When people ask me how I balance life as a new mother and a startup co-founder, I tell them about Ester: As caregiver for my 17-month-old daughter, Charlotte, she represents a major investment in my family’s future; in my ability to earn and build a career; in the economic futures of the employees I hire; and even in my daughter’s eventual level of educational and professional attainment.
Ester minds Charlotte while I’m on conference calls, takes her to the park, and brings her back so I can see her for lunch. This arrangement makes my career work just as well as my husband’s does in terms of integrating professional and family life. And every dollar I pay Ester today means I’ll earn two dollars in the future because she’s enabling my career.
It’s hard to think of childcare as an investment, however, when it’s an overwhelming expense for most families and entirely out of reach for many. According to a Pew Census data analysis, families with working mothers spent 70 percent more on childcare in 2011 than in 1985. And the Center for American Progress cites that in most states the annual cost of child care for an infant in a child-care center is actually higher than a year’s tuition at the average four-year public college.
At PowerToFly, the platform I cofounded that matches women with jobs they can do from anywhere, we recently surveyed thousands of our members to understand their childcare situations and proposed solutions. A few of the women told us that the high costs of childcare actually held them back from having another child—or prevented them from starting a family in the first place. And 37 percent said that relying on family was the only way they could make it work. We found:
• 83 percent of respondents have paid for some form of childcare in the past year
• Of those who rely on family, 45 percent said they do so because of cost
• 38 percent said 25-50 percent of their salary goes to childcare, 10 percent pay more than half of their salary to cover childcare
• 76 percent said both adults in their household work
• 85 percent said childcare was important because it allowed them to work
So what’s the solution? For starters, let’s stop taxing caregivers as regular employees. Here’s an example of how the current tax system makes childcare more prohibitive—with or without a government credit. Let’s take Cindy who lives in California and makes $60,000 a year at her job. Her take home pay after federal and state taxes is about $44,000. Cindy is a single mom of a son and wants to hire Rosy as a full-time nanny so she can work longer hours to get the promotion that would raise her salary significantly.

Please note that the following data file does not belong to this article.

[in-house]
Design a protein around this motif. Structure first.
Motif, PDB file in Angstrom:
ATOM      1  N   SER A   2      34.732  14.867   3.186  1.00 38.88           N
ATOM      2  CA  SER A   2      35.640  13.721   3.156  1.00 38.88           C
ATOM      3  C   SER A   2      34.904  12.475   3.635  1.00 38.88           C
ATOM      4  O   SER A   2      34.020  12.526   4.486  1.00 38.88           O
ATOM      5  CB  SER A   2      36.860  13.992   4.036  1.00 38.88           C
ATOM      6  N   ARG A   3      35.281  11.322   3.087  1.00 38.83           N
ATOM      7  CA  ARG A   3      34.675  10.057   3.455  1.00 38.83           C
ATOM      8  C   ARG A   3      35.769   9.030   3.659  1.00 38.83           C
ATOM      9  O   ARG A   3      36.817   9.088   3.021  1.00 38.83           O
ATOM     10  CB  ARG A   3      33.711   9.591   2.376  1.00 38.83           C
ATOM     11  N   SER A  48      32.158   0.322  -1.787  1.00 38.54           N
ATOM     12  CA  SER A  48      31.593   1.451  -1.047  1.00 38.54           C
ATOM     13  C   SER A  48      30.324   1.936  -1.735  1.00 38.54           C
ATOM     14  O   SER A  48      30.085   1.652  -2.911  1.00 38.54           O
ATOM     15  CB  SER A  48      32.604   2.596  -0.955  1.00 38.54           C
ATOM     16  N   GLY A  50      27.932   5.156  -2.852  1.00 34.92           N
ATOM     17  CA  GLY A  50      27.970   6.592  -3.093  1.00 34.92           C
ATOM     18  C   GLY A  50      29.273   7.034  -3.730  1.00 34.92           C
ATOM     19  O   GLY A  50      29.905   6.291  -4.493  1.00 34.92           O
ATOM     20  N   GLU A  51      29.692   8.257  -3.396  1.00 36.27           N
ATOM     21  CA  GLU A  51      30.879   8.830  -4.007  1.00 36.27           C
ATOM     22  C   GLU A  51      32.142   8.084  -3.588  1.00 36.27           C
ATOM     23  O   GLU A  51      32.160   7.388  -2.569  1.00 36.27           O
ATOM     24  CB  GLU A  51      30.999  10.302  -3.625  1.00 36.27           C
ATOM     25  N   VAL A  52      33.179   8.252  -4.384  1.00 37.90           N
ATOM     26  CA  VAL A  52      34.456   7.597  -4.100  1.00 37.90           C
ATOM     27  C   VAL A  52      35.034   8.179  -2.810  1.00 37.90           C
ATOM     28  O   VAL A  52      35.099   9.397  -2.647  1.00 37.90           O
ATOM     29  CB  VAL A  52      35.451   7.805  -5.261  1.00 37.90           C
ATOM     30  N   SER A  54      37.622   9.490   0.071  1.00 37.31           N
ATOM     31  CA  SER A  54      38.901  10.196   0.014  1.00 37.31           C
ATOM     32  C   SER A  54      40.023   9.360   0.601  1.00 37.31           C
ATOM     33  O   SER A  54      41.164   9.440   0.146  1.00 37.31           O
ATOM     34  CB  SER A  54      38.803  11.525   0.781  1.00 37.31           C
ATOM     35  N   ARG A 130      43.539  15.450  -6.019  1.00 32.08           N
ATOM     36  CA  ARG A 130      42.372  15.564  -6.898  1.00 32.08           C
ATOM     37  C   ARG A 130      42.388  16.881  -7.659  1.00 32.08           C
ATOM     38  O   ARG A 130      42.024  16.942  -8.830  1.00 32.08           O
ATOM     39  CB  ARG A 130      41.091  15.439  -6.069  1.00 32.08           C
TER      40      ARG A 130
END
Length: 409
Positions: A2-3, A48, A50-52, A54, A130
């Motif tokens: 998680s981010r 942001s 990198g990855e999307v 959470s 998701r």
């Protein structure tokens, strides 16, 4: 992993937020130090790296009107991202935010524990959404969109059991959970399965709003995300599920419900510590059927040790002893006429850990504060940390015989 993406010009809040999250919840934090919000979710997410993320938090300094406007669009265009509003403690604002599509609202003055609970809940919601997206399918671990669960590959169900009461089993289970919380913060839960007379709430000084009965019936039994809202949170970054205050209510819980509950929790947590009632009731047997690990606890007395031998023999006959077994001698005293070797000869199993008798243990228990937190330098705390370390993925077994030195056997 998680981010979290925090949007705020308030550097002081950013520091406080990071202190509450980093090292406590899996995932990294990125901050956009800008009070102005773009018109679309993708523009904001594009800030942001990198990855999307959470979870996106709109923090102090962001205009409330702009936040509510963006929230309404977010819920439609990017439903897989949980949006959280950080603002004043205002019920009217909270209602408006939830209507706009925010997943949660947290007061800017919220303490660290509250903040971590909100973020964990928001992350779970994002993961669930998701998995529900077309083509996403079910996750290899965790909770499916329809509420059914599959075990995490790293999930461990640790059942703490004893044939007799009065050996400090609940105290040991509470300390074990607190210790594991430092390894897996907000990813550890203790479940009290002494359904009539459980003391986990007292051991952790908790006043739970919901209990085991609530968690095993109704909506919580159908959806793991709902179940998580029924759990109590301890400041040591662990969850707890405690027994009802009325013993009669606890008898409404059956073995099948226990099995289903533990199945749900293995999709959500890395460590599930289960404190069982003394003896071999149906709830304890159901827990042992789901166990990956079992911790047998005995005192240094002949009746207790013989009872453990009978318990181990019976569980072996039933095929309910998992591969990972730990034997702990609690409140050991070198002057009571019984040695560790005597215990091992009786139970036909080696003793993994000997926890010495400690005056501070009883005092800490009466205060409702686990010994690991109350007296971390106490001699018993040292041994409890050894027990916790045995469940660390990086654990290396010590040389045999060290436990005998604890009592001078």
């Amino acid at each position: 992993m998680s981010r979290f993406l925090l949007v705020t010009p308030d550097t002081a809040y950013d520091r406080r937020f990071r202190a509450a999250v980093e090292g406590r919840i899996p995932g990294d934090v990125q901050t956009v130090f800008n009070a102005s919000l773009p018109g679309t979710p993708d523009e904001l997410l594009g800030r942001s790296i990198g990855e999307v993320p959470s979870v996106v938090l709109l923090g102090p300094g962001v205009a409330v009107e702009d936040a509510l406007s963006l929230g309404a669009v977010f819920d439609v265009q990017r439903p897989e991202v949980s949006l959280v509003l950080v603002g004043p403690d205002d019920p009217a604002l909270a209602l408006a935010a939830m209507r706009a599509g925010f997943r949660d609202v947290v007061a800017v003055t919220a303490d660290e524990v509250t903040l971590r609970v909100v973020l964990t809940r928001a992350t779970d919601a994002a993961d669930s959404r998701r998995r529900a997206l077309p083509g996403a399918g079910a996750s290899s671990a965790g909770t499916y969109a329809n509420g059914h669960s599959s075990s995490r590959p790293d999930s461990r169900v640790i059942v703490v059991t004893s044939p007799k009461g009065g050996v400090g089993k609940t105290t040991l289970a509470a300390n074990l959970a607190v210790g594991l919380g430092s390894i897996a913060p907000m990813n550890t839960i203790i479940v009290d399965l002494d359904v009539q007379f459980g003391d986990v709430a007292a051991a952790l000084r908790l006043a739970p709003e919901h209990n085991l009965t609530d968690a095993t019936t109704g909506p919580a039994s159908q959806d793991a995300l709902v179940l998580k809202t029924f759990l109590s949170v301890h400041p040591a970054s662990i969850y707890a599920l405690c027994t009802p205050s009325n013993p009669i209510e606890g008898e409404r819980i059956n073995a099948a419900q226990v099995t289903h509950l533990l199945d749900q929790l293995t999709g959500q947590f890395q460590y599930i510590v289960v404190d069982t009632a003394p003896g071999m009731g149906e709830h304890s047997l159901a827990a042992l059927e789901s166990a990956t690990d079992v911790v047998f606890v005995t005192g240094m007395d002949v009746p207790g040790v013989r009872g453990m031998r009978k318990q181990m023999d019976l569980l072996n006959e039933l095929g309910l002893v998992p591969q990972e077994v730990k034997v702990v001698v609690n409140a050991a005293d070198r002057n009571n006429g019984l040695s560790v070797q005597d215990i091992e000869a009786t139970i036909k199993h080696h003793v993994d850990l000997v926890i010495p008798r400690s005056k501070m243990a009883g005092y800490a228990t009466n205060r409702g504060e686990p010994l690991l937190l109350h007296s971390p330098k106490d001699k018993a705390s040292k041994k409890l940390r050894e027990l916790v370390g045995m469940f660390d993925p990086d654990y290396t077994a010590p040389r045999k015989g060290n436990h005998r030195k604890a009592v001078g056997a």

Rosy will cost Cindy $40,000 a year while Cindy is out of the house, pulling late hours and early commutes to create a better future for her son. If Cindy were to hire Rosy, she’d owe the government about $5,000 in employer taxes on top of Rosy’s $40,000 salary. At the end of the day, Cindy is left with a negative balance of $1K after she pays taxes and Rosy. The system is set up so that it doesn’t even make sense for Cindy to take a salary. She’d have $4,000 left over if she asked her employer to put Rosy on the payroll instead of her!
The logical answer to Cindy’s problems is to make more money or send her son to cheaper options like daycare. But if she can’t have Rosy watch her kid around her fluctuating work schedule then she can’t put in the extra hours required for a promotion and her earning potential peaks at $60,000. Under the current system, the cost of full time childcare, and the inherent taxes, make it prohibitive for many women to invest in their careers and ultimately make the money that would enable them to comfortably pay for that childcare in the future.
Another solution to consider is setting up care funds, as we do college funds. We already invest in our children’s futures with tax- deductible gifts or by locking in the price of tuition with vehicles like the Independent 529 Plan.
However we pay for childcare, remote work eases the burden by cutting commute times and allowing mothers to work when and where they’re most productive. Women desperately want this option, as we learned in our survey. As one woman put it: “I want better options than just sending my kids to daycare for five long days a week. I want the income to provide my kids with in-home care at least part of the time. And I want a job that allows me the flexibility to schedule my work around my family obligations with the understanding that the quality of my work should not be compromised.” —S.D. from Oregon
Imagine the positive change we could effect if some combination of these solutions allowed more mothers to afford childcare. Women and children are worth the investment, and the returns could be profound. According to a recent Harvard research study, “children whose mothers worked … tended to be high achievers in school and have less depression and anxiety.” What’s more, “daughters of working mothers earned 23 percent more than daughters of stay-at-home mothers, completed more years of education, were more likely to be employed and in supervisory roles and earned higher incomes.”
As a country, we have an obligation to rethink care: Rather than as an expense, it should be viewed as an investment in women’s future careers and, indeed, in society itself.